In October 2020, it was announced that Linnamäe's company UP Invest OÜ will establish a new company specialised in television business, and transfer Postimees Group's television assets to the new company. The new company, to be headed by Jüri Pihel and Risto Rosimannus (who were in charge of Kids Network Television OÜ, which operated KidZone, SmartZone and FilmZone television channels; Rosimannus is additionally in charge of TV channel distributor Wide Media), would maintain close cooperation with other Postimees Group businesses, including the handling of advertisement sales.[10] The new company, eventually named Duo Media Networks, formally began its operation in 2021, and combines Postimees Group's TV and radio operations, the former Kids Network Television channels, and Sony Pictures Television's former pan-Baltic linear TV channels.

AssetsEdit

The company owns the following assets:

The company also owns Duo Media Networks which operate a number of television and radio channels including:

  • radio stations Kuku, Elmar, MyHits, Narodnoe Radio ja DFM;
  • television channels Kanal 2, Duo 3, Duo 4, Duo 5, Duo 6, MyHits, KidZone TV, KidZone Mini, SmartZone, FilmZone, FilmZone+

The company sold its Baltic Classifieds business to Apax Partners in 2019.[1]

Criticism and controversyEdit

Alleged editorial interference under Margus Linnamäe ownershipEdit

In March 2017, Postimees journalists accused daily's owner of meddling with the editorial policy of the news outlet. "To our knowledge, for the first time in the history of Postimees, we are told about what [to write] and how we should write. It is prescribed to us whom to cover and with what degree of criticism," said the department heads of the daily in a memo sent to the publication's owner Margus Linnamäe and its general manager Sven Nuutmann, denouncing an unprecedented pressure on their professional freedom.[11]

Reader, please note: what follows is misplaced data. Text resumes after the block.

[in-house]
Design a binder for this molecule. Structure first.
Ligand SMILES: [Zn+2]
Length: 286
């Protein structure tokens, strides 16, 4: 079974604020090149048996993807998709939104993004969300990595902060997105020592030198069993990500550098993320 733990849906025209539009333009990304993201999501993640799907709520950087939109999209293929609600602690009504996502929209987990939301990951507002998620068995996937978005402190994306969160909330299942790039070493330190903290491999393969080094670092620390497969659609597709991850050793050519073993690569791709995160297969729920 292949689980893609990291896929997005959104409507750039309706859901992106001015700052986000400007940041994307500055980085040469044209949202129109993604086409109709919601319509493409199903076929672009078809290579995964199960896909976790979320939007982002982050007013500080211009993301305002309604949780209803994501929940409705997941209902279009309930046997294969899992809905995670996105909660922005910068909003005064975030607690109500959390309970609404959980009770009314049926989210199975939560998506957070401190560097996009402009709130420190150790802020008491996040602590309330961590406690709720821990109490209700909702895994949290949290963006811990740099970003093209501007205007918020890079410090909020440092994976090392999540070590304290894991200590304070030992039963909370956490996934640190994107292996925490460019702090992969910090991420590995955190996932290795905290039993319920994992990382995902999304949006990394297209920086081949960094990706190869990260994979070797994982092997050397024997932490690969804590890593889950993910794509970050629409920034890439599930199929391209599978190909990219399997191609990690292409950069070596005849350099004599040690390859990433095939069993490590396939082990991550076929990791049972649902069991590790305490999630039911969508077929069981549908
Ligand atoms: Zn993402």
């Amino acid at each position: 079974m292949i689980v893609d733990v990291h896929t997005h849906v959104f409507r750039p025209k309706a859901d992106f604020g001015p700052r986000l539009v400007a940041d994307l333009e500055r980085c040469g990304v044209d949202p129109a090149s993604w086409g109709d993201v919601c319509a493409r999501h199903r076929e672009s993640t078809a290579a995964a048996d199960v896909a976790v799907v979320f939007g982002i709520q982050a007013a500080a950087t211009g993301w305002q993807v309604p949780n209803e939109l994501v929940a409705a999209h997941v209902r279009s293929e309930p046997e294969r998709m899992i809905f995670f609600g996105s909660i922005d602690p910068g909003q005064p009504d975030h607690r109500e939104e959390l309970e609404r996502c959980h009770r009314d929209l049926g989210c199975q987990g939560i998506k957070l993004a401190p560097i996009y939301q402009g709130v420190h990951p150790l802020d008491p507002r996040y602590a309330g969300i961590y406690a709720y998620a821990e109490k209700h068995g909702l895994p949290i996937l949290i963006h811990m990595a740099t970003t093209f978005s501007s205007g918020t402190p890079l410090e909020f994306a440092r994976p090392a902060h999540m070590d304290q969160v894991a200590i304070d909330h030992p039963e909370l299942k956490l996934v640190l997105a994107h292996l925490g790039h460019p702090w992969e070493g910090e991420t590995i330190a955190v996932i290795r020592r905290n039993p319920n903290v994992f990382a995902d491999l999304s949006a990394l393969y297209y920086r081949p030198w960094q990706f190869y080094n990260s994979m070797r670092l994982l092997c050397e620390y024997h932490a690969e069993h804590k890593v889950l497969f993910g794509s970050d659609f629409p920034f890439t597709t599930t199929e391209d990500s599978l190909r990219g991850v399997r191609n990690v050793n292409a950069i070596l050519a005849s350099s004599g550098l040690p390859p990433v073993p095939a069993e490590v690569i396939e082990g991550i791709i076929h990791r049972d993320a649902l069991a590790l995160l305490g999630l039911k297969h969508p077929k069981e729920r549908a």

In October 2020, several reporters at Lithuanian news website 15min resigned in protest against planned restructuring of the editorial team which would see several editors including Raimundas Celencevičius, the chief editor of the outlet, removed from their desks. The resigned journalists accused the management of editorial interference. 47 workers at the news portal have founded a new trade union to challenge the management.[12]

ReferencesEdit

  1. ^ a b "Apax Funds acquires Baltic Classifieds Group". AIM Group. 21 May 2019. Retrieved 25 August 2021.
  2. ^ a b "About us – Postimees Grupp". www.postimeesgrupp.ee. Retrieved 15 December 2020.
  3. ^ "Eesti Meedia ühendas maakonnalehed ettevõttesse Ühinenud Ajalehed" [Eesti Meedia merges the regional newspapers into Ühinenud Ajalehed]. Postimees (in Estonian). Eesti Meedia. 10 September 2008. Retrieved 17 January 2022.
  4. ^ "Schibsted sells Baltic operations to management and local investors" (Press release). Schibsted ASA. 9 September 2013. Retrieved 13 January 2022.
  5. ^ Reinap, Aivar (10 September 2013). "Mart Kadastik: happy ending for insecurity at Eesti Meedia". Postimees. Eesti Meedia. Retrieved 13 January 2022.
  6. ^ "Margus Linnamae to become sole owner of Eesti Meedia". Baltic News Service. 26 August 2015. Retrieved 13 January 2022 – via Postimees.
  7. ^ Kahu, Oliver, ed. (27 November 2015). "Postimees ja maakonnalehed ühendatakse Postimees Grupiks" [Postimees and regional newspapers to be merged into Postimees Grupp]. ERR Uudised (in Estonian). Eesti Rahvusringhääling. Retrieved 17 January 2022.
  8. ^ "Eesti Meedia ühendas endaga seitse tütarfirmat". ERR Uudised (in Estonian). Eesti Rahvusringhääling. 3 April 2017. Retrieved 2 February 2022.
  9. ^ a b "Eesti Meediast sai Postimees Grupp". ERR Uudised (in Estonian). Eesti Rahvusringhääling. 8 February 2019. Retrieved 2 February 2022.
  10. ^ Treufeldt, Indrek; Nael, Merili, eds. (19 October 2020). "Margus Linnamäe UP Invest kaasab teleärisse strateegilised partnerid". ERR Uudised (in Estonian). Eesti Rahvusringhääling. Retrieved 3 February 2022.
  11. ^ "Estonian Daily Postimees: Journalists Ward off Ownership Meddling". MediaPowerMonitor. 20 July 2017. Retrieved 1 February 2018.
  12. ^ "Reporters from Lithuania's 15min.lt resign in protest against 'interference'". LRT News. Lithuanian National Radio and Television. 5 October 2020. Retrieved 18 January 2022.

External linksEdit